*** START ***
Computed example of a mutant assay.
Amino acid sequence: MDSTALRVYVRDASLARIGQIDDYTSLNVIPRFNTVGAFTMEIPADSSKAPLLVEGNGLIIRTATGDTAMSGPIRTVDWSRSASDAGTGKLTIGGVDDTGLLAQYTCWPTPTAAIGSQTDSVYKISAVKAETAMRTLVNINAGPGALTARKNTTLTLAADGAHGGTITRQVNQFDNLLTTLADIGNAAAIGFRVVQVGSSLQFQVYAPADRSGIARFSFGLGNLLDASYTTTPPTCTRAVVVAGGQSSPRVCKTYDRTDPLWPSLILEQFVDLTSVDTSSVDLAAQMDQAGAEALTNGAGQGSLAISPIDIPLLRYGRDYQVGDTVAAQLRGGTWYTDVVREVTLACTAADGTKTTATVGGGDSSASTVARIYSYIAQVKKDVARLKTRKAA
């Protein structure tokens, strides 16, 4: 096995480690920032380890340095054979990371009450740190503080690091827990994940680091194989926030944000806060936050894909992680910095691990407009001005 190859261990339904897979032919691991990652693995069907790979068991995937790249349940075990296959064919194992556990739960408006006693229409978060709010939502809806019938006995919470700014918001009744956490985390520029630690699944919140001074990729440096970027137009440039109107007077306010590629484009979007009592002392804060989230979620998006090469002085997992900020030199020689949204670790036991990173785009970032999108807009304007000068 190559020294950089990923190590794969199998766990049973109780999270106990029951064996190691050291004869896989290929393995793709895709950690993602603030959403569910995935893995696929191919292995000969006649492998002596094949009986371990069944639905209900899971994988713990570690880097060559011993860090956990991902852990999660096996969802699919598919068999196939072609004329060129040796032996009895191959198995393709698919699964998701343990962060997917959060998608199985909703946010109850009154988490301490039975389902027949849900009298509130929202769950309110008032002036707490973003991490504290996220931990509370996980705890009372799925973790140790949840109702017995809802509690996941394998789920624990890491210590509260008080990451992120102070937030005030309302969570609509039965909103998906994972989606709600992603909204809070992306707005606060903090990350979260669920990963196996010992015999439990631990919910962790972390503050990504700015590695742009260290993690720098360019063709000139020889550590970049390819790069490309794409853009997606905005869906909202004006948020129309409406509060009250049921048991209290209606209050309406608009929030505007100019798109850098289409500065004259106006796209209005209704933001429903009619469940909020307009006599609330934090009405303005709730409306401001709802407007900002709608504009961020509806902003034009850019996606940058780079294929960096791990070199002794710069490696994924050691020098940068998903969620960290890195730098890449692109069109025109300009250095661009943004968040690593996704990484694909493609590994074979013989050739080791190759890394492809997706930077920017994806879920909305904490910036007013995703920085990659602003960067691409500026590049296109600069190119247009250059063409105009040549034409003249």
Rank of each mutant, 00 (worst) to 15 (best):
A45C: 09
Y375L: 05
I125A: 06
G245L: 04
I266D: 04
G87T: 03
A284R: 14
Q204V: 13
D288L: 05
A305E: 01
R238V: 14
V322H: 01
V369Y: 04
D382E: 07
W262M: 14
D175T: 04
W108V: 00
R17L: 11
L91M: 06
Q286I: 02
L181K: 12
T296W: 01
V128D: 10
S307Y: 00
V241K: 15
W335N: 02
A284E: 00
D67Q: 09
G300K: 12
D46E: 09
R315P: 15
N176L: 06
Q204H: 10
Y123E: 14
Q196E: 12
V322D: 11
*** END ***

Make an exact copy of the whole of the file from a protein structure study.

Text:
Computed example of a mutant assay.
Amino acid sequence: MDSTALRVYVRDASLARIGQIDDYTSLNVIPRFNTVGAFTMEIPADSSKAPLLVEGNGLIIRTATGDTAMSGPIRTVDWSRSASDAGTGKLTIGGVDDTGLLAQYTCWPTPTAAIGSQTDSVYKISAVKAETAMRTLVNINAGPGALTARKNTTLTLAADGAHGGTITRQVNQFDNLLTTLADIGNAAAIGFRVVQVGSSLQFQVYAPADRSGIARFSFGLGNLLDASYTTTPPTCTRAVVVAGGQSSPRVCKTYDRTDPLWPSLILEQFVDLTSVDTSSVDLAAQMDQAGAEALTNGAGQGSLAISPIDIPLLRYGRDYQVGDTVAAQLRGGTWYTDVVREVTLACTAADGTKTTATVGGGDSSASTVARIYSYIAQVKKDVARLKTRKAA
């Protein structure tokens, strides 16, 4: 096995480690920032380890340095054979990371009450740190503080690091827990994940680091194989926030944000806060936050894909992680910095691990407009001005 190859261990339904897979032919691991990652693995069907790979068991995937790249349940075990296959064919194992556990739960408006006693229409978060709010939502809806019938006995919470700014918001009744956490985390520029630690699944919140001074990729440096970027137009440039109107007077306010590629484009979007009592002392804060989230979620998006090469002085997992900020030199020689949204670790036991990173785009970032999108807009304007000068 190559020294950089990923190590794969199998766990049973109780999270106990029951064996190691050291004869896989290929393995793709895709950690993602603030959403569910995935893995696929191919292995000969006649492998002596094949009986371990069944639905209900899971994988713990570690880097060559011993860090956990991902852990999660096996969802699919598919068999196939072609004329060129040796032996009895191959198995393709698919699964998701343990962060997917959060998608199985909703946010109850009154988490301490039975389902027949849900009298509130929202769950309110008032002036707490973003991490504290996220931990509370996980705890009372799925973790140790949840109702017995809802509690996941394998789920624990890491210590509260008080990451992120102070937030005030309302969570609509039965909103998906994972989606709600992603909204809070992306707005606060903090990350979260669920990963196996010992015999439990631990919910962790972390503050990504700015590695742009260290993690720098360019063709000139020889550590970049390819790069490309794409853009997606905005869906909202004006948020129309409406509060009250049921048991209290209606209050309406608009929030505007100019798109850098289409500065004259106006796209209005209704933001429903009619469940909020307009006599609330934090009405303005709730409306401001709802407007900002709608504009961020509806902003034009850019996606940058780079294929960096791990070199002794710069490696994924050691020098940068998903969620960290890195730098890449692109069109025109300009250095661009943004968040690593996704990484694909493609590994074979013989050739080791190759890394492809997706930077920017994806879920909305904490910036007013995703920085990659602003960067691409500026590049296109600069190119247009250059063409105009040549034409003249």
Rank of each mutant, 00 (worst) to 15 (best):
A45C: 09
Y375L: 05
I125A: 06
G245L: 04
I266D: 04
G87T: 03
A284R: 14
Q204V: 13
D288L: 05
A305E: 01
R238V: 14
V322H: 01
V369Y: 04
D382E: 07
W262M: 14
D175T: 04
W108V: 00
R17L: 11
L91M: 06
Q286I: 02
L181K: 12
T296W: 01
V128D: 10
S307Y: 00
V241K: 15
W335N: 02
A284E: 00
D67Q: 09
G300K: 12
D46E: 09
R315P: 15
N176L: 06
Q204H: 10
Y123E: 14
Q196E: 12
V322D: 11